Richards Real Estate

Getting Offers Accepted

Q. My Realtor made an offer and the seller’s side has never responded. Shouldn’t they counter or reject it if the offer isn’t to their liking? Y.B. Rio Vista

A. When you offer on a home you can set the amount of time the seller has to respond. The contract default is 72 hours, but you can shorten or lengthen that time. On the signature page at the bottom is a space for rejection, but most usual is a counter offer to change price or terms more to the seller’s liking. No reply at all could mean a flood of offers and the seller perhaps picked one and waived the others off. Even then your Realtor should get an email of phone call or even a text of explanation, and most normal for multiple offers is a request for your highest and best offer (creating a bid scenario- good thing for the seller).

No response at all leads me to believe the seller’s Realtor is quietly waiting for a client that will purchase through them giving that Realtor both the listing and selling side of the commission; known as a double ender. By not responding they can just let your offer expire and wait until a buyer calls them.

When a Realtor lists a home, the agreement states that they will present all offers, not just the ones they like. They are contracted to find a buyer, and they’re supposed to present ALL buyers. I’ll bet the seller does not know their Realtor is being selective, and ethically that seller can’t be contacted by the buyer’s Realtor since the seller is in contract with their Realtor on the listing. That contact would constitute contract interference.

This is a common problem in a brisk market with multiple offers, so you need to structure your offer to be appealing. If your Realtor tells you this home is attractive and active, do not have a home sale contingency as that is the first type of offer that gets kicked to the side. Don’t go low, offer at least full asking price, and on terms and closing costs you should pay at least half, maybe more. This alone could tip an offer in your favor. Pick a 30 day close, then extend if you need to as 45-90 day closes are too long and a turn off.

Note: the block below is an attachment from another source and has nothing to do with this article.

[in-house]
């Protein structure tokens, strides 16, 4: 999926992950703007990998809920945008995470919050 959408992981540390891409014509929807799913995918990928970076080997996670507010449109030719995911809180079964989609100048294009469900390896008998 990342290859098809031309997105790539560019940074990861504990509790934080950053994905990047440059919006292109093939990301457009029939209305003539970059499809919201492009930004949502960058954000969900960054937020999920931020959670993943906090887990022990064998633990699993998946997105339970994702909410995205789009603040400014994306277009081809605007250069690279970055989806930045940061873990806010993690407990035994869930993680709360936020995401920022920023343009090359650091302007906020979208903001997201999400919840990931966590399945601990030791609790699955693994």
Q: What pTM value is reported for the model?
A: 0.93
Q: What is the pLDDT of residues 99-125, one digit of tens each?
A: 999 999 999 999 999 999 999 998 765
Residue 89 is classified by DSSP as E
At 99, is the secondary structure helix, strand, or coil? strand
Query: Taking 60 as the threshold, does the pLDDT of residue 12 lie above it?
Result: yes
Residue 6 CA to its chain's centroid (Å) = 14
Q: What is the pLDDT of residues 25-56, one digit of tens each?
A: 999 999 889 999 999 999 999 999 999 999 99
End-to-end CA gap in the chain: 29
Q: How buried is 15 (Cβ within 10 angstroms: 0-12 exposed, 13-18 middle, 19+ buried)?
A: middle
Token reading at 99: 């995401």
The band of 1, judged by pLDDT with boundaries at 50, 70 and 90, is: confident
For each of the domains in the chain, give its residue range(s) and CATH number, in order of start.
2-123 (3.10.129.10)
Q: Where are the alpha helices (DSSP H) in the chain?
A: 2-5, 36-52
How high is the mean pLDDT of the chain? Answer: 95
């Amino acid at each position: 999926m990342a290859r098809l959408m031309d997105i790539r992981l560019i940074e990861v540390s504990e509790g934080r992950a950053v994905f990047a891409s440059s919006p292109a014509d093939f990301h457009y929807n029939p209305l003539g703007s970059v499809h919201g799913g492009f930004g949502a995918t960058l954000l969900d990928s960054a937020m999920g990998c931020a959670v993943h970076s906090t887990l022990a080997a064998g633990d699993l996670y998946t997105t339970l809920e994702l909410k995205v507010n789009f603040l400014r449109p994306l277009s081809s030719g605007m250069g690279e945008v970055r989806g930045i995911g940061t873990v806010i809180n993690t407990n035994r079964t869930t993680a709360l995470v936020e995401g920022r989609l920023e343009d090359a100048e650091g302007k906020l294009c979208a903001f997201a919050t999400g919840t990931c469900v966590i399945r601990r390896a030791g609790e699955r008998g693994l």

On inspections, make repairs a negotiable issue and don’t throw the entire inspection at the seller unless the repairs are listed as urgent issues.

When your Realtor presents your offer, they should text, email, and phone that this offer is coming in. Then the same to see if it was received, and when a decision will be forthcoming.

None of this will stop unethical Realtors, and hold outs for a double ender are very hard to prove, so do your best then move on. There are plenty of homes for sale and good Realtors to go with them.

Q. I am from out of Solano County, and on our offer for a home in Rio Vista the seller’s Realtor called ours to modify our offer since in Solano County the buyer customarily pays all closing costs. I haven’t heard of this. Out of area

A. That Realtor is incorrect. What is customary and typical is for all Realtors to use the forms service provided by their membership in the California Association of Realtors, and the correct form for a purchase offer would be a California Residential Purchase Agreement and Escrow Instructions ( RPA-CA).

On pages 2 & 3 of this form are little boxes that can be checked in front of the closing categories. These boxes are marker “buyer” and “seller”, and by checking you are indicating responsibility for payment of that issue to be paid by whichever box you check. The price, terms, days to close, closing costs, inspections, home warranty, what stays with the home, repairs, are all negotiable. Everything about the sale is negotiable, with no such thing as customary closing costs.

Another thing to be aware of is  “escrow has been opened”. The choice of an Escrow/Title Company, by California law, lies with the buyer. The Real Estate Settlement and Procedures act (RESPA) prevents any and all collusion with regard to choosing Escrow/Title Companies. The buyer chooses.

Posted on June 6, 2019 at 2:31 pm by Sam Richards

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